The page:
Lucy Vickery

Spectator competition winners: If Alan Bennett had been a spy

Spectator competition winners: If Alan Bennett had been a spy
‘Vet, six feet two tall, brilliant/ Vet in all ways, blood tempering the mud…’ [Reg Innell / Contributor]
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In Competition No. 3247, you were asked to submit the reflections of a well-known writer on a career path they might have taken.

Most famous writers have had day jobs – Kurt Vonnegut sold Saabs, Harper Lee worked as an airline ticket agent, and Joseph Heller was a blacksmith’s apprentice.

But what about those missed vocations? Take a bow, Robert Frost, map-maker; Emily Dickinson, undertaker; Raymond Chandler, shrink. The winners earn £25.

I think I could have been a model censor of obscenity 

Admonishing the naughty and not ever granting lenity 

To crudity or nudity or any kind of rudery, 

Far bossier than Bowdler in my monumental prudery. 

How drastically I’d prune the books that might disturb or vex you all 

By dabbling in language that’s suggestive of the sexual, 

For such things could disturb you and you might well find it troubling 

If wickedness were hinted and entendres started doubling. 

 

Then should I maybe exercise the censor’s own prerogative 

Of pondering naughty pictures with a gaze that’s interrogative, 

And if I kept a few that were delectably collectable, 

Well, who’d impugn the motives of a censor so respectable? 

George Simmers/W.S. Gilbert
I think that I shall never write 

Some poetry that is not trite. 

I aim for depth, but what I get 

Is often barely worth the sweat. 

I have personified a tree, 

To wide approval. Lucky me. 

Yet might this versifying hack 

Have been a virile lumberjack? 

My avocation is to be 

In profitable industry, 

In heavy work with firs and pines, 

Not dribbling out the rhyming lines. 

I’d follow in Paul Bunyan’s tracks, 

Wielding the chainsaw and the axe. 

Poems are made by wimps like me, 

But lumberjacks can fell a tree. 

Basil Ransome-Davies/Joyce Kilmer
Mam pooh-poohed the idea, adamant eavesdroppers never heard good of themselves, but I always hankered after a career in espionage. Had she known I intended to spy for the Soviets, there’d have been a to-do. Naturally reticent, I simply waited to be contacted, signalling readiness by sitting in tea rooms looking pensive. I wonder now whether I didn’t miss my cue during a chance encounter with a man named Sergei in a Halifax Khardoma. It wasn’t the world of international travel and poison-tipped brollies that appealed so much as the prospect of swapping codified quotations from the Pylon poets with others who didn’t fit in. Hopeless at tradecraft – even now, I can’t video Songs of Praise for recording snooker – I nevertheless feel that, in Russian hands, my intelligence on goings on in Gloucester Crescent could, if not bring down, at least momentarily nonplus the British establishment. 

Adrian Fry/Alan Bennett
Vet, six feet two tall, brilliant 

Vet in all ways, blood tempering the mud. 

Dab hand from the Calder: hawk of eye, cold.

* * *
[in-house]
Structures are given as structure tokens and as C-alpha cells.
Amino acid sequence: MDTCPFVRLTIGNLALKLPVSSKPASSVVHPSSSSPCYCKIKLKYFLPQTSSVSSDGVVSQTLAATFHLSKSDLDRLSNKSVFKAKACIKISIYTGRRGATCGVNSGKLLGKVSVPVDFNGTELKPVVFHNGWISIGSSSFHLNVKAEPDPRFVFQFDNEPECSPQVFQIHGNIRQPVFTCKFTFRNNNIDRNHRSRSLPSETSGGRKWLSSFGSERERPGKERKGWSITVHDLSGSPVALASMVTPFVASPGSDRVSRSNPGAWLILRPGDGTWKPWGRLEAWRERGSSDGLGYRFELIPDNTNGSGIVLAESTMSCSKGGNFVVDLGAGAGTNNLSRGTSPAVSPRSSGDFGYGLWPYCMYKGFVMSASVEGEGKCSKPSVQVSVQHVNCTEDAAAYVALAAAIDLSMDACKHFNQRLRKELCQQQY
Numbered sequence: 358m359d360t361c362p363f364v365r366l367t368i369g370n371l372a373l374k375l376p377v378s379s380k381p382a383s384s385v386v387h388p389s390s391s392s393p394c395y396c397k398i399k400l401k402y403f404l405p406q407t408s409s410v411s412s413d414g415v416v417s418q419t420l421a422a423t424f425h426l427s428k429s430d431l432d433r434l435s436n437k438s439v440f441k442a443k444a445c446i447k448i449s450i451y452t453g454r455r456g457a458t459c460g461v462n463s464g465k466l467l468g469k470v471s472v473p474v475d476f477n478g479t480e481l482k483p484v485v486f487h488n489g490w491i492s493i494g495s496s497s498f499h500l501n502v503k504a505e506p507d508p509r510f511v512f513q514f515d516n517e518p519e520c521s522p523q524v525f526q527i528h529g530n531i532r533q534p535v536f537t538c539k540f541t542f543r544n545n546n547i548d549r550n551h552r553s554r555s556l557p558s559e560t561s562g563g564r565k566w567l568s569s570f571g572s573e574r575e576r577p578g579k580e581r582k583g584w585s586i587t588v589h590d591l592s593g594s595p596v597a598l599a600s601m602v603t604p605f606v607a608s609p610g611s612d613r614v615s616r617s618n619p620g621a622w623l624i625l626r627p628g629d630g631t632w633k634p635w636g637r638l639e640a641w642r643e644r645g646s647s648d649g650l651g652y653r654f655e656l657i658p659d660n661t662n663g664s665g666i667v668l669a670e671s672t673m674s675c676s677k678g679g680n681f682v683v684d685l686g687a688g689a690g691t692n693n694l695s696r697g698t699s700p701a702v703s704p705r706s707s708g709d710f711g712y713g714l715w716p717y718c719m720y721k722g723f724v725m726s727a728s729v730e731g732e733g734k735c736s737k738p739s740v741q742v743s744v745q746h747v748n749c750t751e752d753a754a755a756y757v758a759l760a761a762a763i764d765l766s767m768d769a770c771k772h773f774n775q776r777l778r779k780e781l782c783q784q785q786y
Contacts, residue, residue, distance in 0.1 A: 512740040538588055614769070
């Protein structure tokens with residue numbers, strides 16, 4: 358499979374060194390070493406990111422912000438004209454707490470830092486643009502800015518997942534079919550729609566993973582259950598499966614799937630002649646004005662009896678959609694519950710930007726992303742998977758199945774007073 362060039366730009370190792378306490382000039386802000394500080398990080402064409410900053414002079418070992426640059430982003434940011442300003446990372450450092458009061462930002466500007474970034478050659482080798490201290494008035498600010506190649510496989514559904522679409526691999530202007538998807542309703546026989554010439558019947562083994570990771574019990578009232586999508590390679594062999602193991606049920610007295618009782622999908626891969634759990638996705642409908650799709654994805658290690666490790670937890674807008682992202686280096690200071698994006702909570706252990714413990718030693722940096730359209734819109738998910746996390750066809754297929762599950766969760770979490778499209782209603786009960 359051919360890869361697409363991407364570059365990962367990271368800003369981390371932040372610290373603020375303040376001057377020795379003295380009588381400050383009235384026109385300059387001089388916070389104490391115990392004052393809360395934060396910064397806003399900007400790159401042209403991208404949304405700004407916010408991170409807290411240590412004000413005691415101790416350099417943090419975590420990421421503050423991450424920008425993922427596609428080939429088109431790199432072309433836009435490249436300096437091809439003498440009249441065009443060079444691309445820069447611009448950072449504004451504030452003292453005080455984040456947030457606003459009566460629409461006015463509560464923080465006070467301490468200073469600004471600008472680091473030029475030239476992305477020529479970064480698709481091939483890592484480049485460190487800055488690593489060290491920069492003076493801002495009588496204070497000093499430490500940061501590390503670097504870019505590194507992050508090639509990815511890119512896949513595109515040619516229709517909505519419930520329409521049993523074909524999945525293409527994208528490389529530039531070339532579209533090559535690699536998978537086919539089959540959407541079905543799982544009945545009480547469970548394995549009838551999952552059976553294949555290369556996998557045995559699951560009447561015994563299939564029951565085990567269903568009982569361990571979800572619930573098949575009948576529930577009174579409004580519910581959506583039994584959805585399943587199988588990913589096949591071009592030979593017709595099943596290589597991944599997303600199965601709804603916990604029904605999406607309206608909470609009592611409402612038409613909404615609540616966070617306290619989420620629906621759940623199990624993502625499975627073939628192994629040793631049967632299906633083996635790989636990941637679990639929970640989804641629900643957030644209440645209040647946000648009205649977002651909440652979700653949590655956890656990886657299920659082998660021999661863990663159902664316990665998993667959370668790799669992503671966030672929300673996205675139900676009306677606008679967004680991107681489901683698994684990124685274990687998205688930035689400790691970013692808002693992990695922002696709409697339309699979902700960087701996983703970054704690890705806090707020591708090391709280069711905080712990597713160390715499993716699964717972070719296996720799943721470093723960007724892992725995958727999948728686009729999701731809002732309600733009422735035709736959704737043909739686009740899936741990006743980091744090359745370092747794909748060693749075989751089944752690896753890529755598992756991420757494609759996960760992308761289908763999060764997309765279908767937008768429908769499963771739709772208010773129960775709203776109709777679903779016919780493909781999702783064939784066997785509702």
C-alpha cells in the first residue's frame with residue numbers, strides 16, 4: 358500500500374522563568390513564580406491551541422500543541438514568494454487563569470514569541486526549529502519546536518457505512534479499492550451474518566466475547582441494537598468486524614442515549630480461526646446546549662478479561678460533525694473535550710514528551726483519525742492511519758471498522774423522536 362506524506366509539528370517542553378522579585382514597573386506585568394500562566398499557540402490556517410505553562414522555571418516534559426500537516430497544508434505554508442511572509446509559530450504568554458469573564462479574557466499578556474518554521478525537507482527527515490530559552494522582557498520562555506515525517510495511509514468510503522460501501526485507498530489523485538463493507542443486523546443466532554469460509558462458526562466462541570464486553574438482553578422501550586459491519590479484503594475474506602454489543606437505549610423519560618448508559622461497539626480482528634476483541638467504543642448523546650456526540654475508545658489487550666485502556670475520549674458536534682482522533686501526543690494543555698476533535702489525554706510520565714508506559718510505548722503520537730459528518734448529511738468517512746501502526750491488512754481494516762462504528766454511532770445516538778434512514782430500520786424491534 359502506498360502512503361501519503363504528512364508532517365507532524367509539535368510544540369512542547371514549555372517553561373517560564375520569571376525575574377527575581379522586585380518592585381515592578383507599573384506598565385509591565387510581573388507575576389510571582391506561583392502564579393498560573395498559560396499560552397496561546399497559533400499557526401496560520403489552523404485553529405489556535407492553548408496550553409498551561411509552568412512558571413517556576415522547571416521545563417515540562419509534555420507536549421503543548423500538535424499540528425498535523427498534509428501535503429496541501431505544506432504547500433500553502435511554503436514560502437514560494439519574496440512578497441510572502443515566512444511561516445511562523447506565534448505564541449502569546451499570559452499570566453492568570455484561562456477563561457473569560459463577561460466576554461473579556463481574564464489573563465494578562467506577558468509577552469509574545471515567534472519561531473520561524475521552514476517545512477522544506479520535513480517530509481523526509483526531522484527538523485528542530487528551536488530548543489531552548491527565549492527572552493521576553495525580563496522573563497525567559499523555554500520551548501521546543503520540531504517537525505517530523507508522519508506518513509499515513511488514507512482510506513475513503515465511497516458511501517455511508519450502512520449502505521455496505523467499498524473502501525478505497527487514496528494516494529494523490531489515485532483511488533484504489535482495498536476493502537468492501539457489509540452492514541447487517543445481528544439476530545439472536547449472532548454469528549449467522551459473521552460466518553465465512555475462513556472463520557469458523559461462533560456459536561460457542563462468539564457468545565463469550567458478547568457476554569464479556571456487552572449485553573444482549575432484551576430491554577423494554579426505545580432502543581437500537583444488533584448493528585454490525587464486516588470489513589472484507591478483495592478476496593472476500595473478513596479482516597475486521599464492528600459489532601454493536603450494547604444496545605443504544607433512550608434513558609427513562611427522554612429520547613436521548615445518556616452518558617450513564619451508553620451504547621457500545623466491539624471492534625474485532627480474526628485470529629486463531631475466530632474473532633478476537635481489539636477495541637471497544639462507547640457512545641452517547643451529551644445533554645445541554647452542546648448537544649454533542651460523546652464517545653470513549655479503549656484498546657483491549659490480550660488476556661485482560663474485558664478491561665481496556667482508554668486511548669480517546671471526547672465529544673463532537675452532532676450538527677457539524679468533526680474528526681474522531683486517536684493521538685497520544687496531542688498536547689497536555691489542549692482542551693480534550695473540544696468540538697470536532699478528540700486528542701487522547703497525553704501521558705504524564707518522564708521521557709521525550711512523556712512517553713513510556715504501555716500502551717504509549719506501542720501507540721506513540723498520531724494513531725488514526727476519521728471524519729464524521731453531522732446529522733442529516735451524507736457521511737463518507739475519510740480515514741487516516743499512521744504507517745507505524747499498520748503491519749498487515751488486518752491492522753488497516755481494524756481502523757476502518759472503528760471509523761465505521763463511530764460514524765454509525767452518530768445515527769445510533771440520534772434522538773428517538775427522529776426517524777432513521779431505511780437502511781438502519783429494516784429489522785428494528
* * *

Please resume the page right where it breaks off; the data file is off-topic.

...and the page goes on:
Lugging greased lambs from the arse end. 

 

Or mooching in, all gas and gumption, 

Into the parlour, into the long barn, 

Mardy as owt but never a skriker. 

Medicine man in an old green Barbour – 

 

Myth in my wrists. Fettling the mare, 

Or the farmer’s wife, Monday mornings, 

All in these gumboots, flat cap balanced 

On my rich head of moorland hair. 

 

Surgeon to the tribe, bold as the rat 

Whiskering shadows by a concrete silo. 

Craggy of cheek, motoring up ancient lanes. 

Or else Abattoir Manager, Halifax. 

Bill Greenwell/Ted Hughes
To glove, or not to glove? That was the question. 

Would it be nobler with soft kid to cover 

Your thumbs and fingers in the mould of fashion, 

Or write with needle’s hand a whole world’s passion? 

Had I continued with my father’s life 

The glove that Troilus threw at death himself, 

The gloves that Portia wore for her love’s sake, 

The bloody gloves King Hal and Williams trade 

At Agincourt, had known my paring knife. 

When Romeo in darkling orchard says, 

‘O that I were a glove upon that hand!’ 

It had been mine, and with bare bodkin sewn. 

Gloves’ labours lost, I laboured long on love. 

Though every man has business and desire, 

I chose desire instead of business leather 

And seized in unglov’d hand the sharpen’d feather

Nick MacKinnon/Shakespeare
It is a truth universally acknowledged that a community possessed of various conditions is in want of a good grocer and at one time my hopes inclined towards that vocation. One half of the world cannot understand the minute pleasures of portioning and weighing but to me this was happiness. Not for the business of money-making did I endeavour to find reason to justify my hopes but for the close ties of local connection. No family can survive long without its allocation of flour or sugar or the small exchanges of private communication that cross the counter. It was always incomprehensible that anyone might wish for another life than the love of comestibles and how they reflect the private circumstances of each man and woman. More than being married, grocery offered an infinity of entertainment. Had my life taken that direction I believe I should have been most content. 

D.A Prince/Jane Austen

No. 3250: On the money

You are invited to submit a sonnet to Mammon. Please email entries to lucy@spectator.co.uk by midday on 18 May.